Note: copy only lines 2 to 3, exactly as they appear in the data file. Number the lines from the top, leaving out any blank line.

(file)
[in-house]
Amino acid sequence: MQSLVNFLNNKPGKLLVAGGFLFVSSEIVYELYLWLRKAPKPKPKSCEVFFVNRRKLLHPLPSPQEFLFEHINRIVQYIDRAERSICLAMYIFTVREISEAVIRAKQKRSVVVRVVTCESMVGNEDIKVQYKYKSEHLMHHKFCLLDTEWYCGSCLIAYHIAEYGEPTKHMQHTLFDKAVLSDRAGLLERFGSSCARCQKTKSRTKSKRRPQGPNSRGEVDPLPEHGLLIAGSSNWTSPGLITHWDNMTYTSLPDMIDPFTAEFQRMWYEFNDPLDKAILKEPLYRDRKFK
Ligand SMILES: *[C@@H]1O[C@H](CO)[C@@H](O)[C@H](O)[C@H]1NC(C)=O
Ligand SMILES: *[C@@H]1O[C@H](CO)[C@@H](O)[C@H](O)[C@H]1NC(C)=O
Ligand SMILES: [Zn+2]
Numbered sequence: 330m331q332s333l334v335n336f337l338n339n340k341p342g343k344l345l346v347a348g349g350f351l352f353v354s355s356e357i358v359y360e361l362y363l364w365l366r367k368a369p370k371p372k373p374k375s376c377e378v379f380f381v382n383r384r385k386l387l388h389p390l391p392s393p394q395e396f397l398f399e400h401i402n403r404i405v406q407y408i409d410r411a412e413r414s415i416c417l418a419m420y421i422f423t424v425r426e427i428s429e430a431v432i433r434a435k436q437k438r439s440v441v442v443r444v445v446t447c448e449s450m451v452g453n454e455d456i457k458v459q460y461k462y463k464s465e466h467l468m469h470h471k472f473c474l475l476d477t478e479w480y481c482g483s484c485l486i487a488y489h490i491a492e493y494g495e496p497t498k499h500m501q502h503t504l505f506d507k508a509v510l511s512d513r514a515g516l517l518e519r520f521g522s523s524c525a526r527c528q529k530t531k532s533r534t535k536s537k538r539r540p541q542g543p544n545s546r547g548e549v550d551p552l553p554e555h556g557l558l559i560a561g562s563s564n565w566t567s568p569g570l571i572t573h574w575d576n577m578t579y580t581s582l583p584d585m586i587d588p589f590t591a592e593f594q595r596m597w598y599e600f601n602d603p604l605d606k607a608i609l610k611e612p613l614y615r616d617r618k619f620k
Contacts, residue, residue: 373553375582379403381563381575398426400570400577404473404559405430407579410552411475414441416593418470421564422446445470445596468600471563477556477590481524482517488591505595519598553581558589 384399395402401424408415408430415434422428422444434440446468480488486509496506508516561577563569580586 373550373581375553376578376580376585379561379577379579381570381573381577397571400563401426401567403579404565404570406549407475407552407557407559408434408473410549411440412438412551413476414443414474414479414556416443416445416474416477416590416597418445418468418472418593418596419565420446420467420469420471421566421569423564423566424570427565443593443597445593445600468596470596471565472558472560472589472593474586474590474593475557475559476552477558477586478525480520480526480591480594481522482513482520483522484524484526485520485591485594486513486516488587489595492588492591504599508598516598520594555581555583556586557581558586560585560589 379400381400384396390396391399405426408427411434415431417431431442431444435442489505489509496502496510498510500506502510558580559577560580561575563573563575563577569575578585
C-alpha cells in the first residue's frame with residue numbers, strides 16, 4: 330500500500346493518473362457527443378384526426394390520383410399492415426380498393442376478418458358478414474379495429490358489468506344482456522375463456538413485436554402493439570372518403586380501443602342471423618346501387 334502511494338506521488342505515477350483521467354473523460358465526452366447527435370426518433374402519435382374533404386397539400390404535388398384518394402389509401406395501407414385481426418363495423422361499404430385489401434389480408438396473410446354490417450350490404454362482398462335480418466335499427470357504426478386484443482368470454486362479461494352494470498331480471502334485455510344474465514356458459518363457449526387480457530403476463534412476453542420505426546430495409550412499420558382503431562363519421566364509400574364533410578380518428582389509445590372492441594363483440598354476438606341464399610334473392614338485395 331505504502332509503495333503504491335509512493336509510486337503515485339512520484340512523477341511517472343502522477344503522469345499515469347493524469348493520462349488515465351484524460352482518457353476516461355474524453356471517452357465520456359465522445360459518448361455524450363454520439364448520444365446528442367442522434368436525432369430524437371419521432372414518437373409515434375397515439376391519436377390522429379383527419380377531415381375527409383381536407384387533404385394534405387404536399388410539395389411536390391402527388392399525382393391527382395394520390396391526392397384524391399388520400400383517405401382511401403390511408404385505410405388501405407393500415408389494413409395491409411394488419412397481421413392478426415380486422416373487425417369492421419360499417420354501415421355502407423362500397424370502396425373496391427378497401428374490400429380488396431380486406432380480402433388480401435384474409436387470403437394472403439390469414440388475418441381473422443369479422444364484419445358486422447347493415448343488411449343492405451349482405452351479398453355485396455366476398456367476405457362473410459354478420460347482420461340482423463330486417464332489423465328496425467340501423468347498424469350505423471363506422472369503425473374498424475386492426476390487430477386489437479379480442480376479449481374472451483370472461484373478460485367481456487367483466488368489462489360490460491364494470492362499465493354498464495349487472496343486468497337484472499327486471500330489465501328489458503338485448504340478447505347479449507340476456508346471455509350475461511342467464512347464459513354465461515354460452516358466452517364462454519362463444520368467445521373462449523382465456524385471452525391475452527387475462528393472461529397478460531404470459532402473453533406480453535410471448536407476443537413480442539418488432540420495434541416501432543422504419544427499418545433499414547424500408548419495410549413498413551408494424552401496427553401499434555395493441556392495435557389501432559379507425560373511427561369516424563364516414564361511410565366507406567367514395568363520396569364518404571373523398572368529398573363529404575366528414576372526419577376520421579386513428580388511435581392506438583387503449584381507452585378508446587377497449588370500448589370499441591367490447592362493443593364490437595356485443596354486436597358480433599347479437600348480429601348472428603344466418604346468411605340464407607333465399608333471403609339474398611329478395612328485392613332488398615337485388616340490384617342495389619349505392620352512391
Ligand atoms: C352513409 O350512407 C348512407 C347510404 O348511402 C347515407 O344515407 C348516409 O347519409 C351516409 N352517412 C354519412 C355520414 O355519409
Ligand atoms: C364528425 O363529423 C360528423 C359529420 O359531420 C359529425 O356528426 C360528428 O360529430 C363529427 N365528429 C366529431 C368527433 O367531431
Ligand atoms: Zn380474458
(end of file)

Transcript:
Amino acid sequence: MQSLVNFLNNKPGKLLVAGGFLFVSSEIVYELYLWLRKAPKPKPKSCEVFFVNRRKLLHPLPSPQEFLFEHINRIVQYIDRAERSICLAMYIFTVREISEAVIRAKQKRSVVVRVVTCESMVGNEDIKVQYKYKSEHLMHHKFCLLDTEWYCGSCLIAYHIAEYGEPTKHMQHTLFDKAVLSDRAGLLERFGSSCARCQKTKSRTKSKRRPQGPNSRGEVDPLPEHGLLIAGSSNWTSPGLITHWDNMTYTSLPDMIDPFTAEFQRMWYEFNDPLDKAILKEPLYRDRKFK
Ligand SMILES: *[C@@H]1O[C@H](CO)[C@@H](O)[C@H](O)[C@H]1NC(C)=O